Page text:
Sphingolipids Modulate Secretion of Glycosylphosphatidylinositol-Anchored Plasmodesmata Proteins and Callose Deposition

Arya Bagus Boedi Iswanto, Jong Cheol Shon, Kwang Hyeon Liu, Minh Huy Vu, Ritesh Kumar, Jae Yean Kim

Research output: Contribution to journalArticlepeer-review

16 Scopus citations

Abstract

Plasma membranes encapsulated in the symplasmic nanochannels of plasmodesmata (PD) contain abundant lipid rafts, which are enriched with sphingolipids (SLs) and sterols. Reduction of sterols has highlighted the role played by lipid raft integrity in the intercellular trafficking of glycosylphosphatidylinositol (GPI)-anchored PD proteins, particularly in affecting callose enhancement. The presence of callose at PD is strongly attributed to the regulation of callose accumulation and callose degradation by callose synthases and b-1,3-glucanases (BGs), respectively. SLs are implicated in signaling and membrane protein trafficking; however, the underlying processes linking SL composition to the control of symplasmic apertures remain unknown. The wide variety of SLs in plants prompted us to investigate which SL molecules are important for regulating symplasmic apertures in Arabidopsis (Arabidopsis thaliana). We introduced several potential SL pathway inhibitors and genetically modified SL contents using two independent SL pathway mutants. We were able to modulate callose deposition to control symplasmic connectivity through perturbations of SL metabolism. Alteration in glucosylhydroxyceramides or related SL composition particularly disturbed the secretory machinery for the GPI-anchored PdBG2 protein, resulting in an overaccumulation of callose. Moreover, our results revealed that SL-enriched lipid rafts link symplasmic channeling to PD callose homeostasis by controlling the targeting of GPI-anchored PdBG2. This study elevates our understanding of the molecular linkage underlying intracellular trafficking and precise targeting of GPI-anchored PD proteins incorporating glucosyl SLs.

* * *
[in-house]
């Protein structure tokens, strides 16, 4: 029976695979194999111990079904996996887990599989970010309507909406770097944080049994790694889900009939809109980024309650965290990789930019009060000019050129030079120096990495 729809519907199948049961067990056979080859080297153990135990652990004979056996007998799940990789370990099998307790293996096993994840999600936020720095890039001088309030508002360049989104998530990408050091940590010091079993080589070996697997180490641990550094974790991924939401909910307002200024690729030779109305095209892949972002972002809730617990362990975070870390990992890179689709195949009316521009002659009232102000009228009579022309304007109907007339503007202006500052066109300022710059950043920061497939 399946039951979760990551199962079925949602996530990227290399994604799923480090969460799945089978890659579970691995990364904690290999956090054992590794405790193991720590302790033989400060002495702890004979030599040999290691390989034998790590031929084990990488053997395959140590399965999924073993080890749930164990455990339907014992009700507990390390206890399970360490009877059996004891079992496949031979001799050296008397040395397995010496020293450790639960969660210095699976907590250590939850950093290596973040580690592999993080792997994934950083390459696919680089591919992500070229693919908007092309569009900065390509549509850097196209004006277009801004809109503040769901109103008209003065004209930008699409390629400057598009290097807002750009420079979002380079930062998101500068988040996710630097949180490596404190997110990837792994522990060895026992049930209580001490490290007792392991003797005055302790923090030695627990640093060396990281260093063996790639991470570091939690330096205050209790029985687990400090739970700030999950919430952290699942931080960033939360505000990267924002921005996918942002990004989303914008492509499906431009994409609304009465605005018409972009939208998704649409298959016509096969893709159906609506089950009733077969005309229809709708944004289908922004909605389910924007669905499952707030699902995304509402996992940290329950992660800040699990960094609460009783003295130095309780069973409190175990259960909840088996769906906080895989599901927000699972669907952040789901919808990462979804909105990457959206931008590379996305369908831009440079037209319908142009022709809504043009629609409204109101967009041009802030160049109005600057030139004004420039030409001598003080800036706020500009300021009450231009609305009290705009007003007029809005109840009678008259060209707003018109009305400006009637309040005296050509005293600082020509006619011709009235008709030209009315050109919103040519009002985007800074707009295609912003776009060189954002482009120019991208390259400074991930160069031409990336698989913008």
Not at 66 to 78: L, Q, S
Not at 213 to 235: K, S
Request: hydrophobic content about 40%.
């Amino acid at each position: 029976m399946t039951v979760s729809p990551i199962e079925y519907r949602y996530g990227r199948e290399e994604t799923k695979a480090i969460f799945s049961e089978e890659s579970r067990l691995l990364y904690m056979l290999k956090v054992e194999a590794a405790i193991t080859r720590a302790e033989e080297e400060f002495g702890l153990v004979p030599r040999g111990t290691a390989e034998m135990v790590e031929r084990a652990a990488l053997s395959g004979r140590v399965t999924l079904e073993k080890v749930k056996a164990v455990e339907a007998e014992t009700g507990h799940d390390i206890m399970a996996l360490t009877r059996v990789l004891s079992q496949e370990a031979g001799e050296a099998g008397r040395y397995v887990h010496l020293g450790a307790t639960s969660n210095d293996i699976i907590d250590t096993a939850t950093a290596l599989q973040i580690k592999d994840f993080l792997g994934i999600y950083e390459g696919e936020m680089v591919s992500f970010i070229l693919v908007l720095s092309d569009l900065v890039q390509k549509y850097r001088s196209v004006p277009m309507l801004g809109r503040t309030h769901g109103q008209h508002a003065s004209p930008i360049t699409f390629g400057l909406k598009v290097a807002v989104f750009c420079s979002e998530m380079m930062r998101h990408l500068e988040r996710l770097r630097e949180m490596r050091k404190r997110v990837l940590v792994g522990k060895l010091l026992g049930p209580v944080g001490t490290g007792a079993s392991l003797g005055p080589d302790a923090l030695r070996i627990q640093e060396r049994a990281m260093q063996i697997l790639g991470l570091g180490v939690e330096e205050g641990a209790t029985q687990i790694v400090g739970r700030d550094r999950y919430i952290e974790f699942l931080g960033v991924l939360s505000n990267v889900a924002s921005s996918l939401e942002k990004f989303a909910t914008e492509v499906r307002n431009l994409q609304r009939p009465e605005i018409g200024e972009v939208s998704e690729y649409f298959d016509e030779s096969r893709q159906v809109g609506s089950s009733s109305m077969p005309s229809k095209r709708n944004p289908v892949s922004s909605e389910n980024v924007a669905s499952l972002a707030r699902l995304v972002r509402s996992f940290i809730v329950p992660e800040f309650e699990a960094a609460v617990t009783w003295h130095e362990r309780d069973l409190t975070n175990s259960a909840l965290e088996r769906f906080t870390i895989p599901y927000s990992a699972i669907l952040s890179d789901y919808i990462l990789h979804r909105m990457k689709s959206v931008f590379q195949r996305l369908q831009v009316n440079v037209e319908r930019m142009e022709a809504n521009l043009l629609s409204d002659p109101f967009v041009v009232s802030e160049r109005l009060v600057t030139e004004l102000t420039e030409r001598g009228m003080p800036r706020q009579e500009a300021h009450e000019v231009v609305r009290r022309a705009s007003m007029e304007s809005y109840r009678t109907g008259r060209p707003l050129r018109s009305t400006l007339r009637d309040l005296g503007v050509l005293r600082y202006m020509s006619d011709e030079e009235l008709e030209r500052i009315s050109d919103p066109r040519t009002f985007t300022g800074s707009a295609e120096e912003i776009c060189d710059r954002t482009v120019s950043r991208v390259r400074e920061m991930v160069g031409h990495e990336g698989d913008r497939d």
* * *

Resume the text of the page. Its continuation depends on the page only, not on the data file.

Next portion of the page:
Original languageEnglish (US)
Pages (from-to)407-420
Number of pages14
JournalPlant physiology
Volume184
Issue number1
DOIs
StatePublished - Sep 2020
Externally publishedYes

Bibliographical note

Publisher Copyright:
© 2020 American Society of Plant Biologists. All rights reserved.

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